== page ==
East Africa has the largest population of livestock in sub-Saharan Africa. Climate change, with its hotter and more humid weather in the region, is putting increasing pressure on the local dairy sector, making exotic dairy production challenging in much of the region.
East Africa has the highest population growth on the continent and is home to approximately 145 million cattle. However, research published in Nature Food warns that the frequency of dangerous heat stress conditions and the average number of consecutive days with heat stress events will significantly increase. This will detrimentally impact the thermal comfort of dairy cows across the region, thereby negatively impacting milk productivity. It is also worth noting that beef cattle production is reported to be less sensitive to heat stress than dairy cattle production.
Dairy farmer Lwitiko Mwakaliba in Tanzania. Photo: Kabir Dhanji
The maximum temperature in East Africa increased by 1.16°C across the period 1953–2013, and by the middle of the 21st century, temperatures are predicted to increase by 2–3°C in the middle and northern parts of East Africa. Such climate changes will alter the frequency of heatwave events. Furthermore, climate data going back to 1981 shows that livestock have already been progressively subjected to heat stress conditions, and projections by the team of researchers show that the situation is set to worsen significantly.
Heat stress in dairy cows
The frequency of Severe/Danger heat stress events (events that result in significant decreases in productive and reproductive performance) for dairy cows between 1981 and 2010 ranged from less than 2.5% in some areas in the eastern and northern parts of East Africa to more than 50% in the central parts of South Sudan, eastern parts of Kenya and southern parts of Somalia and Eritrea. Furthermore, the frequency of Severe/Danger heat stress for livestock increased in 26% of the study area for dairy cows (Figure 1).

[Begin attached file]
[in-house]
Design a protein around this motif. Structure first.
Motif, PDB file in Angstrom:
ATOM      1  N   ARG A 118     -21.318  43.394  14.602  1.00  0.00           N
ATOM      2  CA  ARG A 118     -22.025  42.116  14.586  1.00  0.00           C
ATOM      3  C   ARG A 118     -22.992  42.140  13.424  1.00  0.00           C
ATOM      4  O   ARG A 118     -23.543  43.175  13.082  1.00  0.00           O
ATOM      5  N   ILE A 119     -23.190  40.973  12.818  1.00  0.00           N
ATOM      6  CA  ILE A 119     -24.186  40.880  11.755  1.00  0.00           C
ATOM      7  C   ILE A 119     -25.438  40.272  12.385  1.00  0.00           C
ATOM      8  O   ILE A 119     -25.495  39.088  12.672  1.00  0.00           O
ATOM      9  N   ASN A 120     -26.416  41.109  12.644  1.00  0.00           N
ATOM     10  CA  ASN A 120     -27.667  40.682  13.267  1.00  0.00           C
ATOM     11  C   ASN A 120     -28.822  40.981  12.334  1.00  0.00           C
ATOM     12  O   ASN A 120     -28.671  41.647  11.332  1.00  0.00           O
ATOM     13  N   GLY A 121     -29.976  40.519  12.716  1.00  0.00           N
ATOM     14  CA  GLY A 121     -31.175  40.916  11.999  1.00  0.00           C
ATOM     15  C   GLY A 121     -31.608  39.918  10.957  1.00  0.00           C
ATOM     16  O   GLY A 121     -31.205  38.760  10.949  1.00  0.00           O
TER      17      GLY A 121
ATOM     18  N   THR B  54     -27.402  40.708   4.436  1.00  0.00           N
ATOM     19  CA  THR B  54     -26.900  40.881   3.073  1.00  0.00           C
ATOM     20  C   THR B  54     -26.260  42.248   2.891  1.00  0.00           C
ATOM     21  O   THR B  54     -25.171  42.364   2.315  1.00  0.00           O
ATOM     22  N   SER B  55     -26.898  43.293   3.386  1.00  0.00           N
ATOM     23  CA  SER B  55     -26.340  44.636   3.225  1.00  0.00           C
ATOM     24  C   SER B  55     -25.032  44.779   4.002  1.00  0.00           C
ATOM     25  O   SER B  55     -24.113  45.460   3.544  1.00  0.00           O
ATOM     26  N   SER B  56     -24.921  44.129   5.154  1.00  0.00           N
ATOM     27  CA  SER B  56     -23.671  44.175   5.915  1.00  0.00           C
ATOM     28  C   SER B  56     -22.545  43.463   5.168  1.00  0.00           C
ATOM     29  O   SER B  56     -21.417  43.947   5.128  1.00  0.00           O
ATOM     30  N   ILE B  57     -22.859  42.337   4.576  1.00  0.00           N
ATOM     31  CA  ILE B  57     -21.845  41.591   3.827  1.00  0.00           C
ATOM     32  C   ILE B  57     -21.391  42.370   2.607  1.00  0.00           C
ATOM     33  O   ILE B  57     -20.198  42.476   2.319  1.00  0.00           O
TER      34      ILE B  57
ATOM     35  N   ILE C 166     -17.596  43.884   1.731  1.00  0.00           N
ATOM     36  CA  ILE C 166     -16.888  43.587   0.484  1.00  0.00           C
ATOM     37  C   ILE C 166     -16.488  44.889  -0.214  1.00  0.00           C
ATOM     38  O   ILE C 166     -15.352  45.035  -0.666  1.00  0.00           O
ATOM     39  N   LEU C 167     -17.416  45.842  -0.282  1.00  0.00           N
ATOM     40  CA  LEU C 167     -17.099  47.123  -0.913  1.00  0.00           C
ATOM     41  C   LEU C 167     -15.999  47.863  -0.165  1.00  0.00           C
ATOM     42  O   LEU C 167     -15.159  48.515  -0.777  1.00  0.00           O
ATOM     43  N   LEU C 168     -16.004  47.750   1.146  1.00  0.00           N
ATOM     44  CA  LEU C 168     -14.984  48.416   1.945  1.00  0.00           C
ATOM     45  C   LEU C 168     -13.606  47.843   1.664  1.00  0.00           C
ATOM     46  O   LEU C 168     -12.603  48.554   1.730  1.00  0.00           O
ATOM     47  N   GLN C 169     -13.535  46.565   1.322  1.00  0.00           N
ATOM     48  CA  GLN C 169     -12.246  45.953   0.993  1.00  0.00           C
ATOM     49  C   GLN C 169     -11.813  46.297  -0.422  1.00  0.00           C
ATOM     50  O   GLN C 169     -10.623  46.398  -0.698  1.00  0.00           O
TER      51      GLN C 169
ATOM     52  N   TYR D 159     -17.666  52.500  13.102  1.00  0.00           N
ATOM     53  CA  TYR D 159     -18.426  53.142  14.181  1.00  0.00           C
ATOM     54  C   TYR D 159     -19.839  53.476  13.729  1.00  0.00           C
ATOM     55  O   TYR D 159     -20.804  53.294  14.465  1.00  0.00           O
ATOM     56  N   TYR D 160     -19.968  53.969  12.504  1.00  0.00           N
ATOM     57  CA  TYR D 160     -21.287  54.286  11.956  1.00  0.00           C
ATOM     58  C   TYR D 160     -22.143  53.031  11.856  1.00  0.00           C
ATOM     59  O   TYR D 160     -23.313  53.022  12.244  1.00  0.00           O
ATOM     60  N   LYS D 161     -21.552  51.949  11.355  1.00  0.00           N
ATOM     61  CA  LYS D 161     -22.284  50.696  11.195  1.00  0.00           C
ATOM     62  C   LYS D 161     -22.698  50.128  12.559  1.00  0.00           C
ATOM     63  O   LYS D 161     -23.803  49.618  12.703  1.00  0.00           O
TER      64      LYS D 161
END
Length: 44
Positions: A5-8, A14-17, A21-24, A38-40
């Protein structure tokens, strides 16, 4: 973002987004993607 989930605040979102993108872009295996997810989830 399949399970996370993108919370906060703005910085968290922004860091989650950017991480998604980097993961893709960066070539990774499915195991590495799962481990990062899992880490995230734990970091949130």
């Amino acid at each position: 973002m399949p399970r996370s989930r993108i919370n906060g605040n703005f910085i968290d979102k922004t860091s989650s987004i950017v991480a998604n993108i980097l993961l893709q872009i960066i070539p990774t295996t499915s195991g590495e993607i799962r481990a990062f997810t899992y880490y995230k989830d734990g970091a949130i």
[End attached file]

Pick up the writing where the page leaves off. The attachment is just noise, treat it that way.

Figure 1 – Trends in the percentage of days with Severe/Danger heat stress during the historical period 1981-2010. Stippling indicates that trend values are significant at the 95% confidence level.
Source: Rahimi et al. 2021.
Click here to enlarge this figure
Heat stress projections
In terms of future heat stress projections for dairy cows, the average frequency of days with Severe/Danger heat stress is projected to increase by around 12% by the period 2071–2100 compared to the historical period and to occur on more than 50% of the days of the year.
The researchers’ projections show that under future climate conditions, both the number of days with heat stress and the length of heat stress periods will increase in East Africa. For dairy, the average length of heat stress periods categorised as Severe/Danger went from around 3 days in the historical period to 20 days in the 2071–2100 period.
It is interesting to note that, currently, ~11–15% (~2,924,000–~3,987,000 tonnes of milk) of total milk production occurs in areas where the frequency of Moderate and Severe/Danger heat stress is expected to increase significantly by 2071–2100. In the period 2021–2050, 8–15% of milk production is likely to be affected. These elevated levels of heat stress could make much of East Africa unsuitable for dairy production unless direct and immediate action is taken.